Publisher: Harper Voyager
Format: Hardcover, 476 pages
Published Date: August 25th 2009
(Click cover or underlined title to add on Goodreads)
Peter is quick, daring, and full of mischief—and like all boys, he loves to play, though his games often end in blood. His eyes are sparkling gold, and when he graces you with his smile you are his friend for life, but his promised land is not Neverland.
Fourteen-year-old Nick would have been murdered by the drug dealers preying on his family had Peter not saved him. Now the irresistibly charismatic wild boy wants Nick to follow him to a secret place of great adventure, where magic is alive and you never grow old. Even though he is wary of Peter’s crazy talk of faeries and monsters, Nick agrees. After all, New York City is no longer safe for him, and what more could he possibly lose?
There is always more to lose.
Accompanying Peter to a gray and ravished island that was once a lush, enchanted paradise, Nick finds himself unwittingly recruited for a war that has raged for centuries—one where he must learn to fight or die among the “Devils,” Peter’s savage tribe of lost and stolen children.
There, Peter’s dark past is revealed: left to wolves as an infant, despised and hunted, Peter moves restlessly between the worlds of faerie and man. The Child Thief is a leader of bloodthirsty children, a brave friend, and a creature driven to do whatever he must to stop the “Flesh-eaters” and save the last, wild magic in this dying land.
As the sun slid slowly behind the cityscape, the shadows crept in -and so did the thief, biding his time, waiting for the falling darkness to sort the children out.
I cried when I finished this book and I’m not even the crying type. I might tear up but that’s as far as I usually go. Until this book… It’s not just out of sadness but also every other type of emotion possible. Reading this book was completely overwhelming- an emotional roller coaster. Honestly, there were quite a few times I’d considered stopping because this book is the darkest book I’ve ever read and will read, but I literally COULDN’T. I read all 476 pages in just two days (which is a lot for me).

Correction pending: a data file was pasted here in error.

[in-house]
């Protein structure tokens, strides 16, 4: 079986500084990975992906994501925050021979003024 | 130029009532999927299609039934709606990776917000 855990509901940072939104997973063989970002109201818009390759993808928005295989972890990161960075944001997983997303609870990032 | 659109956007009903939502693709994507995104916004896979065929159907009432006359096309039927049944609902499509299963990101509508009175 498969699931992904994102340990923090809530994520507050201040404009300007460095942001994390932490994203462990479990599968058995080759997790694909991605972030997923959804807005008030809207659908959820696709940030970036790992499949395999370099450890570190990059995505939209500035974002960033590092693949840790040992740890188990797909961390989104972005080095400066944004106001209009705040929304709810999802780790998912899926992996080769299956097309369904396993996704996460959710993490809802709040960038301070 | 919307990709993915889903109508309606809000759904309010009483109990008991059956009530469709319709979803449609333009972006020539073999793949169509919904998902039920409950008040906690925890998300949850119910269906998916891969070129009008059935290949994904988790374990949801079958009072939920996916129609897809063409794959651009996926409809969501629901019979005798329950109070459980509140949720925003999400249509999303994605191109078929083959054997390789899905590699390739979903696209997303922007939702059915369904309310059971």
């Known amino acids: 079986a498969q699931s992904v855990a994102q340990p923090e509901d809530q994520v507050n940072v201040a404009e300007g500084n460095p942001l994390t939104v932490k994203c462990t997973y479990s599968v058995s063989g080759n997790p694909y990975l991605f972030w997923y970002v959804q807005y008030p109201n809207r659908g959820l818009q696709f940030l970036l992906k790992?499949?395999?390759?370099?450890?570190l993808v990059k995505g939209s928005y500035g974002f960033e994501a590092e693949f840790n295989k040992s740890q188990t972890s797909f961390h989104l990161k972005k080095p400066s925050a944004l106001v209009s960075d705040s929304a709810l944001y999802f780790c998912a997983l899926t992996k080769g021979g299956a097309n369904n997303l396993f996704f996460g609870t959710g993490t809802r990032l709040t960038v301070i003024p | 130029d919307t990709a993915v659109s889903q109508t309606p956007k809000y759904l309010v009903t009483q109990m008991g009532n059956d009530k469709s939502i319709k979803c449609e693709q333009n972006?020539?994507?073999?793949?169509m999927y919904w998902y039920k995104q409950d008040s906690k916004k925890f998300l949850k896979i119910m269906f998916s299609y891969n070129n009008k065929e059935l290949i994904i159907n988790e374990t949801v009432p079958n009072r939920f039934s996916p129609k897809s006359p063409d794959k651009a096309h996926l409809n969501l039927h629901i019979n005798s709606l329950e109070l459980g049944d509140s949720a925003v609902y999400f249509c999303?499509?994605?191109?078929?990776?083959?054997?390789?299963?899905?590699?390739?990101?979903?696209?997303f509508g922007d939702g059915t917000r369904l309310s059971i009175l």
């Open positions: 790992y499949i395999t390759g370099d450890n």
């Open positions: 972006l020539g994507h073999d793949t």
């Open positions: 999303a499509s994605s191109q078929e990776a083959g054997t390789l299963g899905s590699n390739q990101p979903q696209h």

I doubt that there could be a better Peter Pan retelling out there, I’d be surprised if there is. The Peter in this book is much darker and deeper than we originally know him to be so if you’re looking for anything close to Disney’s version, look elsewhere. If you’re not comfortable with a very, very, very dark and graphic read, this is definitely not for you.
But the beautiful writing and the incredibly creepy and breathtaking illustrations by the author himself more than make up for all of it. The author also manages to create the perfect picture of Avalon through his words. It has a feel of darkness and cruelty but also beauty. The world-building draws you in from the start. Not only is he a great author, but look as these illustrations! I’ve literally never heard of such a talented author. I am incredibly blown away.
Meet Peter, the child thief. He seeks out the abused, the forgotten, the unloved children, he lures them with his irresistible charm and free spirit to Avalon where he promises happiness. Only after it’s too late do these children realize what kind of world they’ve been pulled into- a world full of faeries, witches, flesh- eaters and gods; a world where full of monsters that they are meant to fight to survive.